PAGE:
National Grid as the EMR Delivery Body has concluded its 2015 T-4 Capacity Market Auction with a total of 46.35GW capacity procured through this second of the Capacity Market auctions.
At £18kW/year (2014/15 prices), the 2015 clearing price is lower than the 2014 clearing price of £19.40/kW/year (2012 prices) and the amount of capacity is also slightly lower (46.35GW in 2015 Auction compared to 49.26GW in the previous year). While the overall capacity to be secured depends on the pre-determined amounts based on a demand curve pre-established by the Secretary of State in consultation to the Electricity Capacity Report published before the start of any auction, the final price may be seen as an indicator of the appetite in industry to secure the capacity contracts.
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The Capacity Market is the mechanism introduced by the Energy Market Reform in 2013 that seeks to contract with capacity providers (CMUs) an obligation to provide capacity at times of ‘system stress’ on the national grid. Through the capacity agreements, a pre-qualified CMU (which can be either an electricity generation unit or an electricity demand reduction provider) agrees to make a specified amount of capacity available in exchange for payment based on the clearing price reached at an auction process.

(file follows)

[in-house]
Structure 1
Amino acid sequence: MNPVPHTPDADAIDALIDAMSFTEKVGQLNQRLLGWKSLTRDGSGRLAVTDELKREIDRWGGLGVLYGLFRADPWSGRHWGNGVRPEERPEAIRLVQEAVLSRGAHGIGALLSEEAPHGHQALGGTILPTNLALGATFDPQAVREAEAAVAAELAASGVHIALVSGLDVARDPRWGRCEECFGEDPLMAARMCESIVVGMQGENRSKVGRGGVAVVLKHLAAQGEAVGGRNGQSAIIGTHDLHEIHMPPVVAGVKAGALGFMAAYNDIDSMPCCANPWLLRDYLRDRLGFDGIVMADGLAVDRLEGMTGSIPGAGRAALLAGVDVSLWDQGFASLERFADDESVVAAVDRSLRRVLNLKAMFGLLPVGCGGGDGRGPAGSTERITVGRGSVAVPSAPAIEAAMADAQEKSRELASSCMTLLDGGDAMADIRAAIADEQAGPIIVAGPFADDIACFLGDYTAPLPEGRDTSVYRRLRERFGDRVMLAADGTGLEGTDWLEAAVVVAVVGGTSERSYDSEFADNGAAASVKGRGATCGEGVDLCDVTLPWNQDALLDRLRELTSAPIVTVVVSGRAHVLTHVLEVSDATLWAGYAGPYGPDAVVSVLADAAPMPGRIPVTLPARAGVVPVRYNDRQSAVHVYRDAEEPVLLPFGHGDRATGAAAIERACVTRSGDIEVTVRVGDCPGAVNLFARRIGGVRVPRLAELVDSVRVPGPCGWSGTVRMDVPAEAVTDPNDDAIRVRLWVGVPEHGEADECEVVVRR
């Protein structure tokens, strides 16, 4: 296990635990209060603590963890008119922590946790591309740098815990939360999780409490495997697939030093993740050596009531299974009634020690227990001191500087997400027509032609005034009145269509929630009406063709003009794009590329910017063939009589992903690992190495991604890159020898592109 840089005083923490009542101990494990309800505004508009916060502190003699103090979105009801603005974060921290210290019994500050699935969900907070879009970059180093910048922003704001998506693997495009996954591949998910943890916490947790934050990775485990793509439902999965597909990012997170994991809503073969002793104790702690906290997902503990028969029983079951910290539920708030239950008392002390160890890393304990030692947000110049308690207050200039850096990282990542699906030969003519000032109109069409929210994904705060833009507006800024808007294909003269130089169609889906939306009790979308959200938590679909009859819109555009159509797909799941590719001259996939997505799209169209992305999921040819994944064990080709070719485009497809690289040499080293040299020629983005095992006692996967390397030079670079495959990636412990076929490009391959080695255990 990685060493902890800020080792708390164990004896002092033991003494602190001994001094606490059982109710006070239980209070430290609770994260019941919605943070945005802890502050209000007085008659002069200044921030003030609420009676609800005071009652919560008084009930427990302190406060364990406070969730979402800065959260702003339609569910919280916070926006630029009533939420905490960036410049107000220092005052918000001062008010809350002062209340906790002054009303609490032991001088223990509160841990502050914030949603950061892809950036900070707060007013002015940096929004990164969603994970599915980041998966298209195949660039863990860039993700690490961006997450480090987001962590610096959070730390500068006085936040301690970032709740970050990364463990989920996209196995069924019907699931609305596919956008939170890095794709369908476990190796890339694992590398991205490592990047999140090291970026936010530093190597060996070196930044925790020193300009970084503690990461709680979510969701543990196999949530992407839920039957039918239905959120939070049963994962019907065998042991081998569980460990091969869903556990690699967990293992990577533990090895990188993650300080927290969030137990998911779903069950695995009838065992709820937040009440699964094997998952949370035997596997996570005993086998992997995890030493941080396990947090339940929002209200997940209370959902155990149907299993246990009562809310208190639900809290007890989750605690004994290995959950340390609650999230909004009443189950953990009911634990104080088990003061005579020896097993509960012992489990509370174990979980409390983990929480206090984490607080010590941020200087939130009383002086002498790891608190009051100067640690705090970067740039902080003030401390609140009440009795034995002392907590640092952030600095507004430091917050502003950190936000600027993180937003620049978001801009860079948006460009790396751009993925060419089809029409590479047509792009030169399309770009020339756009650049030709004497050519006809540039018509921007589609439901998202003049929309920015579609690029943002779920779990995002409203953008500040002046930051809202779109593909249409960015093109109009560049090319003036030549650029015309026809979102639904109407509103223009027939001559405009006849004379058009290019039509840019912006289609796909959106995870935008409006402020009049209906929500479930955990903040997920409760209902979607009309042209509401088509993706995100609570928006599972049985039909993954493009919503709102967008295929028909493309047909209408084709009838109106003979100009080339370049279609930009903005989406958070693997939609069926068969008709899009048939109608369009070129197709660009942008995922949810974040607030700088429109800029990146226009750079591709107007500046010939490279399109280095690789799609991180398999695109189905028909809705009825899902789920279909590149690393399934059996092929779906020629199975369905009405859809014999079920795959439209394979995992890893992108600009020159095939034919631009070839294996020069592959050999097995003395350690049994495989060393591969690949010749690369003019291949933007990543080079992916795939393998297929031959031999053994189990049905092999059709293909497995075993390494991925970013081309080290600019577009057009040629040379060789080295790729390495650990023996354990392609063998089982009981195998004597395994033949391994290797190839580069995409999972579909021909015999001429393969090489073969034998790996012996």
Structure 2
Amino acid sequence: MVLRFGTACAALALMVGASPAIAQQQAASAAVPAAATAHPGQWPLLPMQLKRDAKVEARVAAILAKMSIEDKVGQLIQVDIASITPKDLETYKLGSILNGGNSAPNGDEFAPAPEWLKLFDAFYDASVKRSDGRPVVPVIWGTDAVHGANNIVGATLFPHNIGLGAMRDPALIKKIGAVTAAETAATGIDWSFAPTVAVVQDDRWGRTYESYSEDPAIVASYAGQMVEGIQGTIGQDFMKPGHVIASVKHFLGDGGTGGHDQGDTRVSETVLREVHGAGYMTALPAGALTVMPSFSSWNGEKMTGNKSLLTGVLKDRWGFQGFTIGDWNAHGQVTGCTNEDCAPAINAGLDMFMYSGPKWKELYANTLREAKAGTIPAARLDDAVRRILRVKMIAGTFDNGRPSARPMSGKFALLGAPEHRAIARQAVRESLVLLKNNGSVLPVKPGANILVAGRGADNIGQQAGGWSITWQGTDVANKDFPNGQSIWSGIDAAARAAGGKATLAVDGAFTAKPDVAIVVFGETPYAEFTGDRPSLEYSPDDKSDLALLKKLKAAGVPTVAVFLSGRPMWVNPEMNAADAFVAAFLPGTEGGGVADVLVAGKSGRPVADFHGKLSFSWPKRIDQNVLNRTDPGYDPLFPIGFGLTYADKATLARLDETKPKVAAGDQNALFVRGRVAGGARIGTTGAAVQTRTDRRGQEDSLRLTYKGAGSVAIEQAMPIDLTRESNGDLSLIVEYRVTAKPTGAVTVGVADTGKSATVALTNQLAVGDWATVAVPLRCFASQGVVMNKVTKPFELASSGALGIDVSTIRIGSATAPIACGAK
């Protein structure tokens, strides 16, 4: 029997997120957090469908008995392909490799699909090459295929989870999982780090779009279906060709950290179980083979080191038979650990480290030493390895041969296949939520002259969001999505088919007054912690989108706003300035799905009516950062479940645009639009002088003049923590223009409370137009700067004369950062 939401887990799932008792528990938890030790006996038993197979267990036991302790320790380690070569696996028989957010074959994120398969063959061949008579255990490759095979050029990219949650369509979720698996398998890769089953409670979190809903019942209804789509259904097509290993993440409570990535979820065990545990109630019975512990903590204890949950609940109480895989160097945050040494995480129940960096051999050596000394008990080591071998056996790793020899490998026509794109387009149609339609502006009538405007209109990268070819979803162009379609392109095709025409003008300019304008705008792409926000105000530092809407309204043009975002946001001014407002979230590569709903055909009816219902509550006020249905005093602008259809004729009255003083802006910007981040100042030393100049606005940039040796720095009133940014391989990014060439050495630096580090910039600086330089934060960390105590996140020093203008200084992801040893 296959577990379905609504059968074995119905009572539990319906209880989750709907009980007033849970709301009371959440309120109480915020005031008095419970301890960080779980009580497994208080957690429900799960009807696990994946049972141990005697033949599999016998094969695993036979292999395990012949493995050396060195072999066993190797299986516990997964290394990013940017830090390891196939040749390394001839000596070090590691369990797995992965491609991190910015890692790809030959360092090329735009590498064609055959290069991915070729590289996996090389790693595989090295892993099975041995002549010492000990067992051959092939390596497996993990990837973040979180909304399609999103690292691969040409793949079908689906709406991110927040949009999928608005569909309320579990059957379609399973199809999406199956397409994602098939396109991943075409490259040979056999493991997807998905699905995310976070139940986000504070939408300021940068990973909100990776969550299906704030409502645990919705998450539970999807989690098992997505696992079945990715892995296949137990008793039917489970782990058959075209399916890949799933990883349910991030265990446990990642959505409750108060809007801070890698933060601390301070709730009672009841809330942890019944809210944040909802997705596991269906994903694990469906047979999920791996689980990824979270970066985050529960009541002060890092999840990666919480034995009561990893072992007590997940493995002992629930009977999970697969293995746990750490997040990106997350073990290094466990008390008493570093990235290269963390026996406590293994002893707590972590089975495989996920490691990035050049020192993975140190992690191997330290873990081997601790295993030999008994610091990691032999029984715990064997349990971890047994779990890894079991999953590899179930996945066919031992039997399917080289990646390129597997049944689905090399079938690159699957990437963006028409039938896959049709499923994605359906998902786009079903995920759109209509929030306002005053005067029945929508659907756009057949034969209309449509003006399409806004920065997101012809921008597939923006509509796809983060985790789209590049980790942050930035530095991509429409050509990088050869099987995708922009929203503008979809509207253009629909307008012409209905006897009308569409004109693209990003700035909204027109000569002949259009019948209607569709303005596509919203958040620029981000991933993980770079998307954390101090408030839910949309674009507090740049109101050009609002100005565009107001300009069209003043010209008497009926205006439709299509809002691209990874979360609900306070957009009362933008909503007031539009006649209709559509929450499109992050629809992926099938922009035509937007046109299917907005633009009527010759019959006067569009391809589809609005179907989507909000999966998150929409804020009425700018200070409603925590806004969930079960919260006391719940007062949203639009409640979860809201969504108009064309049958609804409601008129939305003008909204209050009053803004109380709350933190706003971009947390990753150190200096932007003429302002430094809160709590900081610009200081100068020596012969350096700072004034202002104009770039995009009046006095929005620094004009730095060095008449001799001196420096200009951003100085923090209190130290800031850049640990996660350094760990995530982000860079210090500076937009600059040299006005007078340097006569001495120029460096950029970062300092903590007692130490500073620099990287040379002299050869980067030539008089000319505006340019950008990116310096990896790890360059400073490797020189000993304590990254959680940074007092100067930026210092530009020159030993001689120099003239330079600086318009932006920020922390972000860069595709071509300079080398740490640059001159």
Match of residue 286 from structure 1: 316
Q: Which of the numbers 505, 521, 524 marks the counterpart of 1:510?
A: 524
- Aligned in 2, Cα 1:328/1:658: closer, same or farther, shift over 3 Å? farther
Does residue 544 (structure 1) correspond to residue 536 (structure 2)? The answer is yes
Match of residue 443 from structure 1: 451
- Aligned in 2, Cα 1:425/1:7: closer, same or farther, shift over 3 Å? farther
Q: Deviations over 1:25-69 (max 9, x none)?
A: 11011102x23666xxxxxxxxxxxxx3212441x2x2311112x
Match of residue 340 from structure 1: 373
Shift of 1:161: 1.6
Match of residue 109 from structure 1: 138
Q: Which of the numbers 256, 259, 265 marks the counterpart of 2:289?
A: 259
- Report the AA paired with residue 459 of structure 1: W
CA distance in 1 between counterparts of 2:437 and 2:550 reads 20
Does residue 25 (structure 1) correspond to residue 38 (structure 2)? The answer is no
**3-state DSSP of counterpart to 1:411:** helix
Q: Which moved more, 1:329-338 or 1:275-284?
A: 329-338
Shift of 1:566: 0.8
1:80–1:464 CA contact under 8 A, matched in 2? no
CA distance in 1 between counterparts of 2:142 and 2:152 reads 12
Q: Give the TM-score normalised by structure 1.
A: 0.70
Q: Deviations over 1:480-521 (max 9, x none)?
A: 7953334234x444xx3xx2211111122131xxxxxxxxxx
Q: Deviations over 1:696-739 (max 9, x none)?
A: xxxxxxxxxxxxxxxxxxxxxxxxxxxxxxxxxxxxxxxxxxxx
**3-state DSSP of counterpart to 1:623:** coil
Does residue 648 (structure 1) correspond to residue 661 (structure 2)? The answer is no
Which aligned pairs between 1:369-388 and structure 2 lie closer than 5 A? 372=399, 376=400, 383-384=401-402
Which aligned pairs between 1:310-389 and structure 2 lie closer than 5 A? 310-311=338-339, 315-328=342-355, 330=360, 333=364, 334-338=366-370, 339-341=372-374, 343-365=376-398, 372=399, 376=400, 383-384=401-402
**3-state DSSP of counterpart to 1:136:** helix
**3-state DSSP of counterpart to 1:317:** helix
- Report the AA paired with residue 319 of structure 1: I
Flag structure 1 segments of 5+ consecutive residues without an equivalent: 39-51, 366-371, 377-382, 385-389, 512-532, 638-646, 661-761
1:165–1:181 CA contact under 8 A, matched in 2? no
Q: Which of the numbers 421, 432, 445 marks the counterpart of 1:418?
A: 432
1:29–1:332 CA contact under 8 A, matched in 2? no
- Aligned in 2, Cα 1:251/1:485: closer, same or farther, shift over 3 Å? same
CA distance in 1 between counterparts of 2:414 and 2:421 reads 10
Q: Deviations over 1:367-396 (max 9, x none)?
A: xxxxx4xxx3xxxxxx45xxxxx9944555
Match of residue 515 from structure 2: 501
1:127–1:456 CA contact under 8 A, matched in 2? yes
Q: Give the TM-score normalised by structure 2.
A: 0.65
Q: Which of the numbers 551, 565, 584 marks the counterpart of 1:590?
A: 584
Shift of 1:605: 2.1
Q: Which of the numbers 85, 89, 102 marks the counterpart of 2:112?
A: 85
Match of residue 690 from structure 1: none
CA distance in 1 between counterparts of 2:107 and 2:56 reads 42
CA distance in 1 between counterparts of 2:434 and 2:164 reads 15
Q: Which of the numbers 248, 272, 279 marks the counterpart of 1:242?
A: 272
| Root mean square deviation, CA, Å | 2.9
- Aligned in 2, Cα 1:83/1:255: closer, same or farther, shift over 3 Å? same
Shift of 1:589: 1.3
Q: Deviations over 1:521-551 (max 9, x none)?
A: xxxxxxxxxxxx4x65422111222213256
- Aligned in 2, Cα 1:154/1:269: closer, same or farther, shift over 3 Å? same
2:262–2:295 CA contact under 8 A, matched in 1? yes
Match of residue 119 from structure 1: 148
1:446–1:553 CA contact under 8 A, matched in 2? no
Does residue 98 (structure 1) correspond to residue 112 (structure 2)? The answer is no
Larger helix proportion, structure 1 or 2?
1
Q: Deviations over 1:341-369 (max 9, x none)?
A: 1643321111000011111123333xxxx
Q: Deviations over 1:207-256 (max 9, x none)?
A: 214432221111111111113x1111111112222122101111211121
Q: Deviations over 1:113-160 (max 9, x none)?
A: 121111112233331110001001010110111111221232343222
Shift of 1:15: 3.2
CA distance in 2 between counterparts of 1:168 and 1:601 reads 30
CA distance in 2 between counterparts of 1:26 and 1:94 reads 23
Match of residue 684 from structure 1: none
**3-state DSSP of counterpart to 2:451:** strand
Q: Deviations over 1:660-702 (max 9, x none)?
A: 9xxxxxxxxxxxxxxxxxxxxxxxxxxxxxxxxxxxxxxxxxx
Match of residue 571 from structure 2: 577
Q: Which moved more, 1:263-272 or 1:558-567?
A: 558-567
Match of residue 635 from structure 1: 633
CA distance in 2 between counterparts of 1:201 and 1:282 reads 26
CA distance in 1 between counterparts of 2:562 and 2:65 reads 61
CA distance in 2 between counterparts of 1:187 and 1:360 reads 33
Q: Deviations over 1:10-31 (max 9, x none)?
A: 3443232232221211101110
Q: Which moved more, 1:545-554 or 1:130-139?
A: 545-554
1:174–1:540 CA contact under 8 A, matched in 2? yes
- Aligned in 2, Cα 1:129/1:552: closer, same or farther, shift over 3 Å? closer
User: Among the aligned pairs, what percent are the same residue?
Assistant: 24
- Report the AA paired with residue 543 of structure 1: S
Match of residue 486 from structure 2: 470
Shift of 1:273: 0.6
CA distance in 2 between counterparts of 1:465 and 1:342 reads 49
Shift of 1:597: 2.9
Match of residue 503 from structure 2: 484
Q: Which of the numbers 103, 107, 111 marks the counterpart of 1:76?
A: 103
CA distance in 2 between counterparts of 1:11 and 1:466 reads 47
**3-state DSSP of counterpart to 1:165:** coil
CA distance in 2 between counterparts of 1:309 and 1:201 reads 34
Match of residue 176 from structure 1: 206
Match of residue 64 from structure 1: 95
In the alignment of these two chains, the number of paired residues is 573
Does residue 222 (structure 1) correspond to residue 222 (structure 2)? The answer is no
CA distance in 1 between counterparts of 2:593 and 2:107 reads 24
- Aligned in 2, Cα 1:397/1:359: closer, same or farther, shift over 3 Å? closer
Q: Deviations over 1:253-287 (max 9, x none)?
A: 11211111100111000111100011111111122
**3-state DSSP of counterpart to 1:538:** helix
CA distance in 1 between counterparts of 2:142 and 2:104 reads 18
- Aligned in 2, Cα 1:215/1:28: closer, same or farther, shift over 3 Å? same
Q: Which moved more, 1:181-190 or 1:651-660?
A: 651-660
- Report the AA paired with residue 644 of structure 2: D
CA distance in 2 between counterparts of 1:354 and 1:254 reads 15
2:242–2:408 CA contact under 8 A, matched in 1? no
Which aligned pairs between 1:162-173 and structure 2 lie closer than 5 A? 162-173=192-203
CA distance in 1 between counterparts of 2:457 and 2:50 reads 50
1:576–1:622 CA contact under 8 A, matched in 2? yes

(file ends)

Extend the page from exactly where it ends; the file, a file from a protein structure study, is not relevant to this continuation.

The majority of the capacity provisionally secured in the 2015 auction is to derive from CCGT CMUs (47.05%) followed by nuclear plan (16.34%) however, it is notable that none of the CCGT plant that secured capacity agreements are for new build plant. Instead, nearly all (97.88%) of the Capacity Agreements provisionally allocated are to existing plant with only 2.09% of capacity secured from new build or refurbishing generating units who would secure 15 year Capacity Agreements. This is notable in the context of the Government’s ambition of encouraging development of new gas plant as announced by the Secretary of State for Energy and Climate Change, Amber Rudd, in “energy reset” on 18 November 2015.
As anticipated, the participation of coal and biomass plant was higher (9.48% compared to 6.43% in 2014). In addition interconnectors were able to participate in the Capacity Auction for the first time and 0.54% of capacity will be provided by existing interconnectors.
The Government has recently consulted on further changes to the Capacity Market (the consultation closed on 10 December) and intends to review the framework to check whether it “still commands the confidence of industry and investors to deliver world class energy security and investment in new capacity”. With this and the aims of the Paris Agreement on which CMS has been reporting in mind, the next auction may produce results quite different from the first two.